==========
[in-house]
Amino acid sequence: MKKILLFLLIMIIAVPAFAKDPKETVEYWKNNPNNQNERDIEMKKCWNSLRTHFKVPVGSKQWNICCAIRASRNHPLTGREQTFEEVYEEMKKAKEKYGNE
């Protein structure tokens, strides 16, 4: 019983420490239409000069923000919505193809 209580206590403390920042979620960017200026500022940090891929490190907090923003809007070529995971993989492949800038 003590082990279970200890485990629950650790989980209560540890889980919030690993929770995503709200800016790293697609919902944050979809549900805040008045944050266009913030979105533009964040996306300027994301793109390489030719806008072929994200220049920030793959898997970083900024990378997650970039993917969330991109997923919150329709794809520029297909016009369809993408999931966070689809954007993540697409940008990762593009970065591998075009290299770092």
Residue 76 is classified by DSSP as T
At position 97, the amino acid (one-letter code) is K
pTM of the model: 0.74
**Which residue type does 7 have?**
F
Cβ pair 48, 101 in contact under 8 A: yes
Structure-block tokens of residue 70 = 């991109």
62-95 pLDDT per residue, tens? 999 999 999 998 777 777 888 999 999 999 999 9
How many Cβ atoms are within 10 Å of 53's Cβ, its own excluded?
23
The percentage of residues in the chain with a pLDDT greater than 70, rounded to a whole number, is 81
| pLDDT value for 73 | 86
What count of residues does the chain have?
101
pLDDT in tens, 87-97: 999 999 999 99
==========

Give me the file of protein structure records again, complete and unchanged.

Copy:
[in-house]
Amino acid sequence: MKKILLFLLIMIIAVPAFAKDPKETVEYWKNNPNNQNERDIEMKKCWNSLRTHFKVPVGSKQWNICCAIRASRNHPLTGREQTFEEVYEEMKKAKEKYGNE
């Protein structure tokens, strides 16, 4: 019983420490239409000069923000919505193809 209580206590403390920042979620960017200026500022940090891929490190907090923003809007070529995971993989492949800038 003590082990279970200890485990629950650790989980209560540890889980919030690993929770995503709200800016790293697609919902944050979809549900805040008045944050266009913030979105533009964040996306300027994301793109390489030719806008072929994200220049920030793959898997970083900024990378997650970039993917969330991109997923919150329709794809520029297909016009369809993408999931966070689809954007993540697409940008990762593009970065591998075009290299770092």
Residue 76 is classified by DSSP as T
At position 97, the amino acid (one-letter code) is K
pTM of the model: 0.74
**Which residue type does 7 have?**
F
Cβ pair 48, 101 in contact under 8 A: yes
Structure-block tokens of residue 70 = 């991109």
62-95 pLDDT per residue, tens? 999 999 999 998 777 777 888 999 999 999 999 9
How many Cβ atoms are within 10 Å of 53's Cβ, its own excluded?
23
The percentage of residues in the chain with a pLDDT greater than 70, rounded to a whole number, is 81
| pLDDT value for 73 | 86
What count of residues does the chain have?
101
pLDDT in tens, 87-97: 999 999 999 99